This is a follow up to NPPN Article #007 =STRATEGY MUST PRECEDE TACTICS

Date:   Mon, 21 Sep 1998 13:55:43 -0400

From:  Jack Dennison <JDennison@compuserve.com>

Dear friends:

Here are some follow up thoughts to Jim Montgomery’s article, MOVING FROM

SCATTERED TACTS TO A COMPREHENSIVE STRATEGY. I hope you find the thoughts helpful as you continue to chart your strategic approach to city reaching.

As always, feel free to use the material in any way that is helpful to you.

Richest blessings to you all!!

Jack Dennison, Dawn Ministries

Some weeks back I broadcast an e-mail message to you reporting Jim Montgomery’s article calling the Church to move from scattered tactics to an overall strategy. His key points were 1) only the Church as a whole does city reaching, 2) every strategy becomes a tactic when viewed in the larger scheme of city reaching, 3) city and national leaders need to formulate an overall comprehensive strategy that can lead to the FULFILLMENT of the Great Commission.

I say "thanks" to all who responded with such positive and enthusiastic remarks. Now I’d like to follow up that article with some comments on the last phrase: a "strategy that can lead to the FULFILLMENT of the Great Commission."

You and I are involved in city reaching because we want to see significant and enduring changes occur in the lives of individuals and in our city as a whole. We are not just interested in ANY ministry or even GOOD ministry. We want to find the highest leverage actions that will produce the greatest

and most long-lasting results. We don’t want to work AT the Great Commission, we want to FULFILL it. That leads us to the need to talk about leverage.

Leverage has to do with the relative amount of return from a given investment of time, money and energy. In the business world they speak of getting the most bang for the buck. In ministry, we want to see as much spiritual fruit as possible toward the completion of the Great Commission from a given activity. We want to identify those actions that will lead to the most impacting and enduring results.

Why would we want to see minimal spiritual results when almost the same amount of effort put into a different approach would produce optimal results? Why pursue activity that has little spiritual leverage when about the same resources-or even much less-can produce great leverage? Jesus stressed this point on several occasions through parables.

By way of illustration, consider the vital ministry of praying for every person, by name, in our neighborhood, city and nation. That is a worthy and wonderful goal.

With this in mind, one approach that has been adopted by many cities is to pray through the phone book. This gets everyone in a city prayed for, but is it the most productive prayer strategy? When I turn to my phone book and find R. L. Reiser, I don’t know if RL is male or female, married or single, black or white, old or young, still living or even deceased. It is hard to be specific, intentional or fervent when I have so little to go on.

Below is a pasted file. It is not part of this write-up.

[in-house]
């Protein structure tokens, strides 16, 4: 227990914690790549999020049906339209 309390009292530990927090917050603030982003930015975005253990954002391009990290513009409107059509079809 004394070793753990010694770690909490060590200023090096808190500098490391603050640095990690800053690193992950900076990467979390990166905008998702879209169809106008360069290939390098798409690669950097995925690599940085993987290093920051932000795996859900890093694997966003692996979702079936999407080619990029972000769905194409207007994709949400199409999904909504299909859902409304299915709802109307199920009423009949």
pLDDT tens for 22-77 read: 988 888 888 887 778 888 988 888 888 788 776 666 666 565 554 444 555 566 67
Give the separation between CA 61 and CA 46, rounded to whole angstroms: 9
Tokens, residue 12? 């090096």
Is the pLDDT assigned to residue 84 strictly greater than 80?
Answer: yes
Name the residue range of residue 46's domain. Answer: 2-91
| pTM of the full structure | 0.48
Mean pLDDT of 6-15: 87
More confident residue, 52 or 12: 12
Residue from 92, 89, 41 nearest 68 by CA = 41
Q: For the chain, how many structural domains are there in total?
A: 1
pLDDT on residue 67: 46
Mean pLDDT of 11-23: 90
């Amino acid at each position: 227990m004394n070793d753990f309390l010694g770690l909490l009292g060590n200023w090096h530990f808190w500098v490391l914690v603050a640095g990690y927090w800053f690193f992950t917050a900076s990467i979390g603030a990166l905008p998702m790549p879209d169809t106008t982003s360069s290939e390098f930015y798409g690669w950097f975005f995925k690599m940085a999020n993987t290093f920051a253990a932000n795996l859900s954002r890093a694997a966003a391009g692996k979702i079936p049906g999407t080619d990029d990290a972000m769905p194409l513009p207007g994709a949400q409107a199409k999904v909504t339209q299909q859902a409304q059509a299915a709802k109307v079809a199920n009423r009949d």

In terms of spiritual effectiveness, it is clear that there is some value in praying for R. L. Reiser, but not as much effectiveness as if a friend, family member or neighbor were praying for him or her, and, furthermore, in a position to follow through with personal relationship. Certainly the more we know about a person, his or her life circumstances, spiritual needs, and so on the more specific, intentional, focused and fervent can be the prayer for this person.

Of course, it is easier to tear out a page or two from the phone book, assign it to an intercessor and consider the task accomplished than it is to get individual believers praying for ten people within their relational sphere of influence. In so doing, I believe we trade effectiveness for ease of distribution. The amount of leverage produced is substantially lowered.

Again, I emphasize that "phone book praying" can be of value. My concern, however, is that for many cities this low-leverage tactic has become the CORNERSTONE of a citywide prayer effort. When we develop a prayer strategy, why not start with the highest leverage activity possible that will produce the greatest and most enduring results for the Kingdom in the most accelerated manner possible? When that is done, then we can go on to "phone book praying" as a last resort to insure that each over-looked or hard-to-get-to person is prayed for. We are after results, not simply activity.

I’m sure you could think of many other illustrations yourself. My own observation, after meeting with hundreds of groups of pastors in scores of US cities, is that ministry leaders most often choose low leverage actions that ultimately lead to weak and non-enduring results. This is the case, it seems to me, because low leverage action is intuitive, highly visible, and deals typically with easily-defined symptoms rather than causes.

I have been involved in many churches, for example, that put in thousands of dollars and many hundreds of man-hours in producing extravaganzas at Easter or Christmas time. The idea is to try and do something interesting enough to get more people into the church. This is often an intuitive or even a reflex action, but rarely have I seen results anywhere near commensurate to the time, effort and money expended.

Most high leverage actions, on the other hand, are not highly visible and are not intuitive to most leaders.

One example of a high-leverage activity comes from Jim Montgomery’s book, THEN THE END WILL COME. He gives a brief description of the Alpha Course developed by Vicar Sandy Miller of the Holy Trinity Church in London. In a very simple, low-key approach, Christians bring their unsaved friends for 13 weeks of small, informal dinner meetings. Each session includes a 20-minute presentation of some Bible truth.

There are no props that need to be built or costumes made, no choir or orchestra rehearsals, no expensive promotional campaigns and so on. Just ordinary Christians inviting a few friends for dinner.